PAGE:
He broke out of that box after two months in South Dakota, at first talking to his roommate, and then coming out to friends. Although he lost a handful, he said, “for the most part, it’s been taken well. Most people are, like, ‘Oh, okay.’” He said his “eyes widened” at South Dakota State.

“Going to a Christian school, willingly, and hating every second of it, to leave and realize that [coming out is] really not that big of a deal, that was really reassuring to me. I didn’t have to worry about what the people I was actually friends with had to say, or anything like that.”

Dilworth-Glyndon-Felton High School was not a place he ever considered coming out. “Where I grew up, it’s not like it’s the nicest area per se when it comes to stuff like that,” said Dalziel. “I know that I didn’t want to do it in high school because my graduating class was literally everybody I knew and everybody was always getting into everybody’s business, and I just didn’t want to add to that.”

Dalziel ultimately followed friends who attended the University of Colorado, and started playing volleyball. From there, he learned not only how to play the game, but how to coach. That decision, he said, was the best he could have ever made.

He told Outsports throughout his athletic career, his coaches have made quite an impression on him.

“I’ve always been pushed by my coaches,” he said. “I’ve always had tough coaches and they were always, ‘Get to a point,’ everything like that, and that’s how I am. But I also wanted to make a positive impact, because I feel like, not all coaches have that. So I want to be that tough, ‘We’re going to do what we’re going to do’ coach. But also, I want to have the kids know that I am also their biggest fan. So that’s kind of what I wanted in high school, but I didn’t really get. So, when I thought about getting into coaching, that’s kind of how I wanted to be.”

Dalziel said so far, none of the players, their parents or fellow coaches have had an issue with him being gay, and he said he doesn’t plan to make it one.

“I just talked to the head coach of the high school that I’m coaching at now about it,” he said, and the coach and her husband “were super cool” about it.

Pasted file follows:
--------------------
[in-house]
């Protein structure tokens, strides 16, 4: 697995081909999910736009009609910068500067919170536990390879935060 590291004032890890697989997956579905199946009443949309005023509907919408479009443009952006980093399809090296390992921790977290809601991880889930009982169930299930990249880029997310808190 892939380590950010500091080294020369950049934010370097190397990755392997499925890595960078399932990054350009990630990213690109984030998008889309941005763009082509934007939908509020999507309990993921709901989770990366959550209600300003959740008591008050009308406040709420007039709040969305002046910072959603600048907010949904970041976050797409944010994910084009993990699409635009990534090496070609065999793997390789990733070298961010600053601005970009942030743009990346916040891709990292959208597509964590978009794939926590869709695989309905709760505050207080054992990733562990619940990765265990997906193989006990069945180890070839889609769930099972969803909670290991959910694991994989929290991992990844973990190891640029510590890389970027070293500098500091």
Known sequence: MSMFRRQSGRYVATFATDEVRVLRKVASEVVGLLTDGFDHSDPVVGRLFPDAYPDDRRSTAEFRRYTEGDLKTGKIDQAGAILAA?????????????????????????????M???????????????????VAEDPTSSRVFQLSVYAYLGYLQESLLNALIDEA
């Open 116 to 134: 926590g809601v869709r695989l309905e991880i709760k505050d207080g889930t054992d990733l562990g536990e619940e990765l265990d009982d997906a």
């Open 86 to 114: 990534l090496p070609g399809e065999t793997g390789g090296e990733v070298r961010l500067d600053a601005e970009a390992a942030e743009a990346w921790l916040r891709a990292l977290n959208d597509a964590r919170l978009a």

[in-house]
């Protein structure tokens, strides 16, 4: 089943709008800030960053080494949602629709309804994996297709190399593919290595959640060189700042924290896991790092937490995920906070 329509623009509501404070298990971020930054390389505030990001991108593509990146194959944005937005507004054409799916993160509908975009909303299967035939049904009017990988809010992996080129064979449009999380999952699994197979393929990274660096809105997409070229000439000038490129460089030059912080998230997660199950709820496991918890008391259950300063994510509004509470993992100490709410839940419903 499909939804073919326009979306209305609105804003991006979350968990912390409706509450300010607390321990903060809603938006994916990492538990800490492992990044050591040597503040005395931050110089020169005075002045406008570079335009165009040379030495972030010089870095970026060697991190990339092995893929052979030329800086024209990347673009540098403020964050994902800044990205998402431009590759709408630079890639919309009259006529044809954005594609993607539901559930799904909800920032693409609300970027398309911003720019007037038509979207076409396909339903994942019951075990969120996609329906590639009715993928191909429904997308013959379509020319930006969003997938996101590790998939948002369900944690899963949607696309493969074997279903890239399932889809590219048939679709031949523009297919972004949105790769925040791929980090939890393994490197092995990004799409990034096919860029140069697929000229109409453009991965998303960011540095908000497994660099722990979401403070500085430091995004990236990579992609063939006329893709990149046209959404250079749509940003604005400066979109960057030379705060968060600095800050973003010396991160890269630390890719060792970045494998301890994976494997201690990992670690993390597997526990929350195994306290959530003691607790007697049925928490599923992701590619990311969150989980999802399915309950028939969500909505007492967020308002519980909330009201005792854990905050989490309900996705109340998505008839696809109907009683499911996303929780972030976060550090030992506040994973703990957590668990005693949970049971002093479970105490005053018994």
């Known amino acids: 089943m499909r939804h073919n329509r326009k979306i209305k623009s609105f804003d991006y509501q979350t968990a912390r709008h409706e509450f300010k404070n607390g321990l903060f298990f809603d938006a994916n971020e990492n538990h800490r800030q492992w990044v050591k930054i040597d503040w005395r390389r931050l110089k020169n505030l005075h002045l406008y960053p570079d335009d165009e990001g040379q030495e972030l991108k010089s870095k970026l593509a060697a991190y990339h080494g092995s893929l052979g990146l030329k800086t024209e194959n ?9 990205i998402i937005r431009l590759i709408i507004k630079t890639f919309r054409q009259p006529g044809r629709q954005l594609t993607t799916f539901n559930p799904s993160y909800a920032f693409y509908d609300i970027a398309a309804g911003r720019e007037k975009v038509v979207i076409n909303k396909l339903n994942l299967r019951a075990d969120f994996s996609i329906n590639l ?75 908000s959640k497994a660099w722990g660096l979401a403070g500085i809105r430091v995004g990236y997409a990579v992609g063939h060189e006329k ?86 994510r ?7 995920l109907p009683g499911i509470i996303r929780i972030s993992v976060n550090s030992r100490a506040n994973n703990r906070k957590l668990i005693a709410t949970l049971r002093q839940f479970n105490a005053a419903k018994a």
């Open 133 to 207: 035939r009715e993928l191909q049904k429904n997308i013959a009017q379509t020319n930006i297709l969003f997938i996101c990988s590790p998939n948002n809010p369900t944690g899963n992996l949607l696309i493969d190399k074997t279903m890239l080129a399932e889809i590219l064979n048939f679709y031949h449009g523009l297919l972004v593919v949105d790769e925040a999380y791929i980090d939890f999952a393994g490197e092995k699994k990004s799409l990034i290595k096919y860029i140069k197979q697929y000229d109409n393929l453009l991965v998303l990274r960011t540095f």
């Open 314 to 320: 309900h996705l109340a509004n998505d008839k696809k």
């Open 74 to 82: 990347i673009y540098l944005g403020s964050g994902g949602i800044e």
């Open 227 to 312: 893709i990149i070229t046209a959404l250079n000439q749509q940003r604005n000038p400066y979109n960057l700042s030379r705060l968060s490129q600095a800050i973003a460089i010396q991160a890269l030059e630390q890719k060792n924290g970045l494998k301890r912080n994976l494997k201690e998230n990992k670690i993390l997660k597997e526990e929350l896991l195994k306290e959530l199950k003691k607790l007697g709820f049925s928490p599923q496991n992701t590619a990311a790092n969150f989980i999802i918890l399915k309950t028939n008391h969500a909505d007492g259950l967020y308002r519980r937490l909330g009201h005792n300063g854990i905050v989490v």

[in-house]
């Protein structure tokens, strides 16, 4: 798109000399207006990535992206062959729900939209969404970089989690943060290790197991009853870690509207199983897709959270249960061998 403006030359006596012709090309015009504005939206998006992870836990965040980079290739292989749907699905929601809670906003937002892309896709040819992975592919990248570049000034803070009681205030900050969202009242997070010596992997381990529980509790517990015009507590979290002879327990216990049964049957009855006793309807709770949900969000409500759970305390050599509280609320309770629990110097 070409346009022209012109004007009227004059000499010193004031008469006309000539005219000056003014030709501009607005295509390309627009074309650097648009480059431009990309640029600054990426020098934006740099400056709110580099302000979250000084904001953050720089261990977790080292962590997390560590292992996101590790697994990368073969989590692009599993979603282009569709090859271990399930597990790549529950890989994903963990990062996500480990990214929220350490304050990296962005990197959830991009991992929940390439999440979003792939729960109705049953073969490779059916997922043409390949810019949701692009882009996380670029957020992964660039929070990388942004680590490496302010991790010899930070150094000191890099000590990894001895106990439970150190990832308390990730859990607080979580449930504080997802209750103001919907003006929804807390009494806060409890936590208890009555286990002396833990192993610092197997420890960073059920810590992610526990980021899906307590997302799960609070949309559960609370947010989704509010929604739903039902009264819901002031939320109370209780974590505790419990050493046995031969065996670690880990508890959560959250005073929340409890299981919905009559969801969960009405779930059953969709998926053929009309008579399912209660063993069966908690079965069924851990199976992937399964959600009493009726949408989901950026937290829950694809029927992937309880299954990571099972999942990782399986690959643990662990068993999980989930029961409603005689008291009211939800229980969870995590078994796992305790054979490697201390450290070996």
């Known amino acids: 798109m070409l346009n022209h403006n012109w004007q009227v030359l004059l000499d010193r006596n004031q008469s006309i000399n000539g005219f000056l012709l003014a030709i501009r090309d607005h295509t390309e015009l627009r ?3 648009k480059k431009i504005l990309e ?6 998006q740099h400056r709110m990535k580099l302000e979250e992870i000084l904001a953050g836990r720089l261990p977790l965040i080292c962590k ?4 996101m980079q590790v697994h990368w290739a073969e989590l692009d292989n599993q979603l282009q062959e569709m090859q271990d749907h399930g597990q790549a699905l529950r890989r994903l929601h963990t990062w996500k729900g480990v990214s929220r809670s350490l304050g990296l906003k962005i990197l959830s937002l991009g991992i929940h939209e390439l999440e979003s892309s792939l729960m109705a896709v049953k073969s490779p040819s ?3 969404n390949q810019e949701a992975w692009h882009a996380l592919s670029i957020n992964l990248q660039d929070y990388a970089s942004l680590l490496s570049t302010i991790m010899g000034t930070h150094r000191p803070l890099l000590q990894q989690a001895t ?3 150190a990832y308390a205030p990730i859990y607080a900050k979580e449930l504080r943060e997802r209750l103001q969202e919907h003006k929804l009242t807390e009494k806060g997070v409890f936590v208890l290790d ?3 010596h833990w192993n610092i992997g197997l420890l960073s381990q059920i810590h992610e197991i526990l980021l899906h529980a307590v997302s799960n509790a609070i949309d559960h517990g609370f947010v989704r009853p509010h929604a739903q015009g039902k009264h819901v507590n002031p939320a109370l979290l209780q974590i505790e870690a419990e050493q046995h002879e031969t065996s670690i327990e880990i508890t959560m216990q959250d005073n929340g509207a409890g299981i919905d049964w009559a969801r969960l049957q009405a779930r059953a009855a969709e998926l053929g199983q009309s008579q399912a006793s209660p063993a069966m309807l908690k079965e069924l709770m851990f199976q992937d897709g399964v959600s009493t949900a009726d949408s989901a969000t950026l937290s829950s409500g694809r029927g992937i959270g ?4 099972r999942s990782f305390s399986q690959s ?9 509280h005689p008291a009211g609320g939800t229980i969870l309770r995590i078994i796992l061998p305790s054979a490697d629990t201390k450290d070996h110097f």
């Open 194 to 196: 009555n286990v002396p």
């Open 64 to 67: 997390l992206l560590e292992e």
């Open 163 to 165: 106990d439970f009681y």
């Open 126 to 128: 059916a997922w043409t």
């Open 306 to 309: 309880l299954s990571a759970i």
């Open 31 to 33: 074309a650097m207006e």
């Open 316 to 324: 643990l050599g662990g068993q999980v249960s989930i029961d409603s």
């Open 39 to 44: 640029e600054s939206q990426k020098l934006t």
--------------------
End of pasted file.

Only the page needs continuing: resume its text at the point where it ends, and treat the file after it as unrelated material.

“We talked about it for a little bit, and then we proceeded on with what we were doing. It’s just like one of those things that if it happens; if it gets brought up or if somebody asks about it, I’m more than willing to talk about it. But other than that, I’m just trying to keep it to myself, because I’m there to coach. I’m not there to spill my life stories to everybody.”

The message Dalziel ultimately wants his players to hear is about being a part of a team.

“You might be 5’2” and growing up and you might hit a growth spurt, which means your whole position is going to have to change,” he said. He encourages girls to be more willing to expand their skill-set, instead of feeling that the one position they’ve trained to play is all they know. “That’s going to really put a damper on yourself as a person, telling yourself you can’t do it. That’s the whole aspect of a team: you don’t want to be teammates with somebody who has that mentality, and you don’t want to be that team that also has that mentality.”

At the moment, Dalziel is single and not in a relationship, other than as a “Dog Dad” to Millie, who is a 5-year-old pit bull mix.

“I’ve had her since I was 20,” he said. When asked about an Instagram post in which he wrote, “you’re the best thing that’s ever happened to me,” Dalziel said: “She helps me more than I feel like I’ve helped her.”

And if you want to see more photos of Millie, she has her very own Instagram account.

Follow Morgan Dalziel on Instagram by clicking here.